Supporters of Initiative 300 are signaling success in their quest to establish a legal framework for allowing "limited social cannabis consumption" in public businesses. The latest vote count from Denver Elections put proponents up 53 percent to 46 over the opposition as of the midnight update on Nov. 15.
“We can possess and purchase cannabis, we need to be allowed places to consume it in responsible, supervised environments,” Yes on 300 campaign leader Kayvan Khalatbari said before the election.
Opponents, who had originally termed 300 a "radical proposal," have not yet conceded. The leader of Protect Denver's Atmosphere, Rachel O'Bryan, told The Denver Post, "we're waiting on an official call on this."
Under the ordinance, Denver must have application forms available by mid-January for places that want to allow marijuana use on the premises. Any business – from laundromats to bars – can apply for a license from the city, as long as it has the approval of a registered neighborhood organization. There are a host of other restrictions, such as the site can't be within 1,000 feet of a school or anywhere there are groups of children.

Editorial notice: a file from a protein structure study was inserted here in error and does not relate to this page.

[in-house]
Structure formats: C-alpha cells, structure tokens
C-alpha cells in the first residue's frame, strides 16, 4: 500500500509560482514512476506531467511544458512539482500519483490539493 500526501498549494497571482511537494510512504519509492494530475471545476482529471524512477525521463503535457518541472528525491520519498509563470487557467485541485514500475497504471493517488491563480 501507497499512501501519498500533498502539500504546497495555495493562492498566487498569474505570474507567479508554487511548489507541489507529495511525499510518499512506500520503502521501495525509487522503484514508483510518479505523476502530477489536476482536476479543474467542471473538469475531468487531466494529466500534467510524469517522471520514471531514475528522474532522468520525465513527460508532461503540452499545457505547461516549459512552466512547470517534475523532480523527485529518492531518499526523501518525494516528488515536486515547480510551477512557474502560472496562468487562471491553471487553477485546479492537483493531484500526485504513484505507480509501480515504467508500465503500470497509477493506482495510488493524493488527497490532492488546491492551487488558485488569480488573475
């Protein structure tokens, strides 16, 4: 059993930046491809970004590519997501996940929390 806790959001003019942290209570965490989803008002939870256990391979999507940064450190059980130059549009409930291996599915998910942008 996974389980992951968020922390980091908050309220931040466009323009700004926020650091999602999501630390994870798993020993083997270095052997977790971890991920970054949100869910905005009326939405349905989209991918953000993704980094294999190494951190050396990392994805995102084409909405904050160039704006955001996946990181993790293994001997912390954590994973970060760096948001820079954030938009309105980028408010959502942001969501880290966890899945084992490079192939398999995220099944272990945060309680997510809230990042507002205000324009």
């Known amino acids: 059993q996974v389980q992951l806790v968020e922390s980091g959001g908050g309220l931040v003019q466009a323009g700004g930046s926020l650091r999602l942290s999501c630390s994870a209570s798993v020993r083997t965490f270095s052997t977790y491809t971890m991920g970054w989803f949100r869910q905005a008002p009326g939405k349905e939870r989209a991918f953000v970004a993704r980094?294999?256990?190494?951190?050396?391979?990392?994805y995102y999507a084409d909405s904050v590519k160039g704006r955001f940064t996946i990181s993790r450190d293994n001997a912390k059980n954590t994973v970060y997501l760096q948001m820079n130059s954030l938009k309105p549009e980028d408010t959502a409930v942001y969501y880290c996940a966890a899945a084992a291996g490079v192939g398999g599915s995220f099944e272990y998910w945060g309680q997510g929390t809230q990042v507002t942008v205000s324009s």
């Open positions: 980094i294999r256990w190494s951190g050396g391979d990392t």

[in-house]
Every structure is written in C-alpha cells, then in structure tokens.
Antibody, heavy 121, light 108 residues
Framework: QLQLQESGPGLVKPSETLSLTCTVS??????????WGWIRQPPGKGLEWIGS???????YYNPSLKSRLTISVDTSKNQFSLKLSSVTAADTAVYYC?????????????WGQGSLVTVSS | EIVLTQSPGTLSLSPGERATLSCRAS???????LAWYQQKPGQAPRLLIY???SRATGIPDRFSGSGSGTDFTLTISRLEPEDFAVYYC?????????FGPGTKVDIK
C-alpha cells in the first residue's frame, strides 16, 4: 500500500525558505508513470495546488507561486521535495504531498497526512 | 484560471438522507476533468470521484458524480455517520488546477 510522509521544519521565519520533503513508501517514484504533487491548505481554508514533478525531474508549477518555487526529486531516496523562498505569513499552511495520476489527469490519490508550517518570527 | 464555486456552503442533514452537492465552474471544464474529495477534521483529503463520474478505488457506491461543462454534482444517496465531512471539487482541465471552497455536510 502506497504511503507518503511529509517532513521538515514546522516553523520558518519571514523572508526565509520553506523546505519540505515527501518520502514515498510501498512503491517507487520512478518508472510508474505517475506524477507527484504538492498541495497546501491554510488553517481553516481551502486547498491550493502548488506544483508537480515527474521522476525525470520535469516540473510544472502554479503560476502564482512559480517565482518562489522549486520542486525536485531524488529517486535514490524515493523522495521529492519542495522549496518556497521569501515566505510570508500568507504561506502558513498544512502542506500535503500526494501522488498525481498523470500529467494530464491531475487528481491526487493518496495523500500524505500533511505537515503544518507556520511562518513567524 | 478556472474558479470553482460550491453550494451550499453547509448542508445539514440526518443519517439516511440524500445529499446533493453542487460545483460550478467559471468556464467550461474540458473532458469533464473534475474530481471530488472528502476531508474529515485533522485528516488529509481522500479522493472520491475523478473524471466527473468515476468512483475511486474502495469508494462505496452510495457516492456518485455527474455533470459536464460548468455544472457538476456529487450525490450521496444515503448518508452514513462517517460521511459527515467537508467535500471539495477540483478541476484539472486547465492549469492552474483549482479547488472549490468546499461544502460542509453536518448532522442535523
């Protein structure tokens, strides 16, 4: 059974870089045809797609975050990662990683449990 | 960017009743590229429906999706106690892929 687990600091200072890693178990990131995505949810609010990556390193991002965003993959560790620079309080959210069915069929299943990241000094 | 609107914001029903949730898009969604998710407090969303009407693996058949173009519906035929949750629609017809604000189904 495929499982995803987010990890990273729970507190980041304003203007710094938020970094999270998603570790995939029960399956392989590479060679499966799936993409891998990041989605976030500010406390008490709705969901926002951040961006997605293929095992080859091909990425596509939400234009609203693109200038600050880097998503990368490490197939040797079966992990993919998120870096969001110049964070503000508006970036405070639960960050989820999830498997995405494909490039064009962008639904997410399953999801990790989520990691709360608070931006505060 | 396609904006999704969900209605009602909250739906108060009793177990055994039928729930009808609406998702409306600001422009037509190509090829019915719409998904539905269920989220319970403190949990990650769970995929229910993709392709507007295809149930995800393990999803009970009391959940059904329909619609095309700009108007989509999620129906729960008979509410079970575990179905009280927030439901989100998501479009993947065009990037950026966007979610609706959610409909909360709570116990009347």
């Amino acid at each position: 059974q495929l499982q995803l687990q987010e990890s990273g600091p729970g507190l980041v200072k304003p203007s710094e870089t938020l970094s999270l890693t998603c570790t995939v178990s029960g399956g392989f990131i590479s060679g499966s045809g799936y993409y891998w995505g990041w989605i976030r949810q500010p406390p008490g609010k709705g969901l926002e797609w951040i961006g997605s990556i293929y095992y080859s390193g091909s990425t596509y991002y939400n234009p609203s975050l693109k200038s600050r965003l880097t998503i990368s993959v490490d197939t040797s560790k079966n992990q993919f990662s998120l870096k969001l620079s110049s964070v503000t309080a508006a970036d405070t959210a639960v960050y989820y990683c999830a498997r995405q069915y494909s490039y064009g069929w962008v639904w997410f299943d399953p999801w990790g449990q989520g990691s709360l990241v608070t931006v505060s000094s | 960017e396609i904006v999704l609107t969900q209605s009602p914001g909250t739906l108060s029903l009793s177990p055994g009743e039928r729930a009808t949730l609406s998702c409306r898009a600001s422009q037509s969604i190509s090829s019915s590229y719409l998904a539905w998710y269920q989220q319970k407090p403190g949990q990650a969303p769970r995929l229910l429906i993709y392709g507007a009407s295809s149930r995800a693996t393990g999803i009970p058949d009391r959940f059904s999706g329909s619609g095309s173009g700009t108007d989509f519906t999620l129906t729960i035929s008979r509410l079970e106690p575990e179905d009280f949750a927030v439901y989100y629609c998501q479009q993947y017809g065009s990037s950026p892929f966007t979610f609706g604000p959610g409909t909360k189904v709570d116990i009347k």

Still, it’s unclear how long it will take for the city to approve a license. They’re under no deadline to do so. City officials would like to add additional rules and regulations on these pot clubs, but city leaders can’t start making changes to a citizen initiated ordinance for six months. As a result, the regulations might not be in place until well into 2017.